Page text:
The other kind of complacency is political. The better-off classes ought to be outraged at the betrayal of the nation, and the trashing of its future, caused by the comprehensive cataclysm. It will in the end help to destroy the peace and prosperity we seem to think are ours by right - but aren't. But because it does not affect them immediately and personally, they let it pass.

New Labour are, I think, aware of this. They continue to press, bit by bit, for the egalitarian wrecking of our whole education system. They know that their deep hopes of an egalitarian society depend more on this than on any other project. But precisely because it matters so much to them, they proceed with great caution.

They have their fingers on the windpipes of Oxford and Cambridge, through funding threats linked to pressure to give more places to state school applicants. They likewise have their fingers on the windpipes of the independent schools through the new, militant Charity Commission run by Dame 'Suzi' Leather. They are working, through 'adjudication' on the ability of the Roman Catholic secondary schools to select (now that Mr Blair's children have been educated) and are beginning to find ways of menacing Church primary schools.

The first shots have been fired (by think tanks, as usual) in what will be a long war designed to drag them down to the bog standard and erase their religious element. They have done as much as they can to besiege Northern Ireland's grammar schools, in alliance with the IRA. The 'Academies', whose alleged benefits are unproven anyway, face more and more attempts to regulate and regiment them into Bog Lane methods and aims. The remaining English grammar schools are under never-ending pressure of one kind or another, designed to demoralise them and force them into the comprehensive fold.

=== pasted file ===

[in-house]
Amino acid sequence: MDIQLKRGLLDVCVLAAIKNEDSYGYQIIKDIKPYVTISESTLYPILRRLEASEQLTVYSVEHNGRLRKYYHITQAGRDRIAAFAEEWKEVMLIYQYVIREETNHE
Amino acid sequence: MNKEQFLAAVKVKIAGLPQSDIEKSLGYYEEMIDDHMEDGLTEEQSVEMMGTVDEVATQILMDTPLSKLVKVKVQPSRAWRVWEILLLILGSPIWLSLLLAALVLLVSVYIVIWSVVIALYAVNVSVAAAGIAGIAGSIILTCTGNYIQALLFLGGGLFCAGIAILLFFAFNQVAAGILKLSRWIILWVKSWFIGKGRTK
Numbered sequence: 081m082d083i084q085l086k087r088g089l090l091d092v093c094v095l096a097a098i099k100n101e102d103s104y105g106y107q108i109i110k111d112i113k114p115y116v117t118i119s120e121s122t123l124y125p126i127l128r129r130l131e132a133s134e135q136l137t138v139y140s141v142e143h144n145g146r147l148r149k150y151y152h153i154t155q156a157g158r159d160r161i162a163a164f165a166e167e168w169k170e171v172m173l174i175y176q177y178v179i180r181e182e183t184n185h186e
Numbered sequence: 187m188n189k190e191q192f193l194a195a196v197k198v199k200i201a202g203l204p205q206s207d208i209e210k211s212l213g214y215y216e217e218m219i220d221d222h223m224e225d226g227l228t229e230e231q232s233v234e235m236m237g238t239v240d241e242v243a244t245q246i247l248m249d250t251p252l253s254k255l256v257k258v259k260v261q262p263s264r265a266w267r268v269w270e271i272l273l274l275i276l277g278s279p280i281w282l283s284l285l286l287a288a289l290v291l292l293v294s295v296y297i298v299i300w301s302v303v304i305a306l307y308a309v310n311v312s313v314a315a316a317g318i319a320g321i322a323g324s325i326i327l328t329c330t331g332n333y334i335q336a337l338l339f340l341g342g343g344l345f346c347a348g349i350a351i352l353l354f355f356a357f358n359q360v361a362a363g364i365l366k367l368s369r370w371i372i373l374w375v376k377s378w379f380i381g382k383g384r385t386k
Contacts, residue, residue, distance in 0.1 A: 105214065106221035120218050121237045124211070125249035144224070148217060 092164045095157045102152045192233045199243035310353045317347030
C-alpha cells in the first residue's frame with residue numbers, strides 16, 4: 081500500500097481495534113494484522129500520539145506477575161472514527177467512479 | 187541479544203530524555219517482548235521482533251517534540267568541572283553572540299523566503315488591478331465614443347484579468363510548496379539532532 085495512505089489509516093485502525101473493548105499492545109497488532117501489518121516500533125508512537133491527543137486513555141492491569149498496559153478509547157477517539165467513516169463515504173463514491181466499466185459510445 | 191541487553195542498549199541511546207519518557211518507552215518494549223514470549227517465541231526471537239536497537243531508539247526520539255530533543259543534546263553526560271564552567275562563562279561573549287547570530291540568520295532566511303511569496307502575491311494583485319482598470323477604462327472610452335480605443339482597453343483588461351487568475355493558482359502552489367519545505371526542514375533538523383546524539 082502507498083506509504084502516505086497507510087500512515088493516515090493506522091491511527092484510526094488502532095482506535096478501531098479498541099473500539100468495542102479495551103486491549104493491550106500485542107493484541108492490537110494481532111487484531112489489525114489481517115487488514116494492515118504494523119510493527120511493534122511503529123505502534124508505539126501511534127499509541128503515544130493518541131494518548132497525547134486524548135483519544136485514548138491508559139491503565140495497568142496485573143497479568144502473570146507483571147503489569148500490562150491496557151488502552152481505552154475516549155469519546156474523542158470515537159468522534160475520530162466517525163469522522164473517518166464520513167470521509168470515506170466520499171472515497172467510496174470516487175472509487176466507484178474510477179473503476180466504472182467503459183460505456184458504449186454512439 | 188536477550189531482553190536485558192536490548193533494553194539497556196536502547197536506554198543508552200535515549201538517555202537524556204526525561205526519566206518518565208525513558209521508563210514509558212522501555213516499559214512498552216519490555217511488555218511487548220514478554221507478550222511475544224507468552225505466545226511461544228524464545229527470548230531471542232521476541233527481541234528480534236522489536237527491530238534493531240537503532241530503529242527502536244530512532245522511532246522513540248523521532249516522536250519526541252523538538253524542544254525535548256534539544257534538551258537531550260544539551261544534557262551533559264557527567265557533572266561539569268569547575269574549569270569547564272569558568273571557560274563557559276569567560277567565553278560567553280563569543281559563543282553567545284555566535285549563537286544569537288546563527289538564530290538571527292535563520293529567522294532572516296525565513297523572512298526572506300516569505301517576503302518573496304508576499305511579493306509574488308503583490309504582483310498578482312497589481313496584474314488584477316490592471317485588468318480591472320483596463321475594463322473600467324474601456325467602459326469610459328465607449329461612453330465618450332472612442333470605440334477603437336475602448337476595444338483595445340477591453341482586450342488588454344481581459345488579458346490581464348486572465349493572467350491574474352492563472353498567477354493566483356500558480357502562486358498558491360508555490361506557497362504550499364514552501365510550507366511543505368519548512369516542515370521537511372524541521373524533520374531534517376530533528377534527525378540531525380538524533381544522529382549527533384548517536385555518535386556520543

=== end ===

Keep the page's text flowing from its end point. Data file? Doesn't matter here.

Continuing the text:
Everyone sensible should be in revolt over this. Politics should be in turmoil over the dogmatic destruction of a precious national resource, over the waste, the slamming of educational doors in the faces of the poor.

And if New Labour had pressed ahead with schemes to end the catchment system, and allocate places by lottery, then the direct and obvious personal interests of the middle class would have coincided with their political interests (which they are not so good at spotting), and the Tory-Labour-Liberal coalition against good education would have been blown apart by parental fury.

The Schools Secretary (I know he calls himself by another name, but who cares?) Ed Balls, like all cunning revolutionaries, had the sense to see that it was too early to take this step. That is why Mr Balls has retreated on plans to make such lottery schemes more widespread. But they haven't gone away. Schools are the principal battleground of the modern class war, comprehensive education is the true 'Clause Four' of New Labour (now accepted by the Tories too) and the Left will not give up on their education revolution until every last escape route from mediocrity has been closed.